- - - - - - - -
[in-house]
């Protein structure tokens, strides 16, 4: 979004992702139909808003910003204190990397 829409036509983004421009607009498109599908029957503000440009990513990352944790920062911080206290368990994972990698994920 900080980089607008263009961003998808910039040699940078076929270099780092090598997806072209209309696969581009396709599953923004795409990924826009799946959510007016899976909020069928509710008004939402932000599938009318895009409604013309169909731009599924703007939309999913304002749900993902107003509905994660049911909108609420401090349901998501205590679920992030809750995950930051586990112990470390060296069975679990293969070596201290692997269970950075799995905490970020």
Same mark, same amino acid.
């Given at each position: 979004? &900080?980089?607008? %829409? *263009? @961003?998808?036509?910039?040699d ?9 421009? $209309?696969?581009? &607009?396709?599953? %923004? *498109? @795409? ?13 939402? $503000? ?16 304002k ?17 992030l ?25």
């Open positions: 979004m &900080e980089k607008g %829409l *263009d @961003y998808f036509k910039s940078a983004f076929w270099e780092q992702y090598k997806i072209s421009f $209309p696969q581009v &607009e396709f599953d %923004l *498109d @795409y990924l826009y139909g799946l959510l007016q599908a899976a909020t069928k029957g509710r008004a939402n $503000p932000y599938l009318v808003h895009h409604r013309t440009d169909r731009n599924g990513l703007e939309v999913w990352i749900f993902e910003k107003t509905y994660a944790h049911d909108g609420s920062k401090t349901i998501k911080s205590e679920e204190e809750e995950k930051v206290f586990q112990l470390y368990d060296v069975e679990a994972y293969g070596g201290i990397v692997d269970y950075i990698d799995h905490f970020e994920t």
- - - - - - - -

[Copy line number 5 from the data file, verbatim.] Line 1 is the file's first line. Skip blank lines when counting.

């Open positions: 979004m &900080e980089k607008g %829409l *263009d @961003y998808f036509k910039s940078a983004f076929w270099e780092q992702y090598k997806i072209s421009f $209309p696969q581009v &607009e396709f599953d %923004l *498109d @795409y990924l826009y139909g799946l959510l007016q599908a899976a909020t069928k029957g509710r008004a939402n $503000p932000y599938l009318v808003h895009h409604r013309t440009d169909r731009n599924g990513l703007e939309v999913w990352i749900f993902e910003k107003t509905y994660a944790h049911d909108g609420s920062k401090t349901i998501k911080s205590e679920e204190e809750e995950k930051v206290f586990q112990l470390y368990d060296v069975e679990a994972y293969g070596g201290i990397v692997d269970y950075i990698d799995h905490f970020e994920t």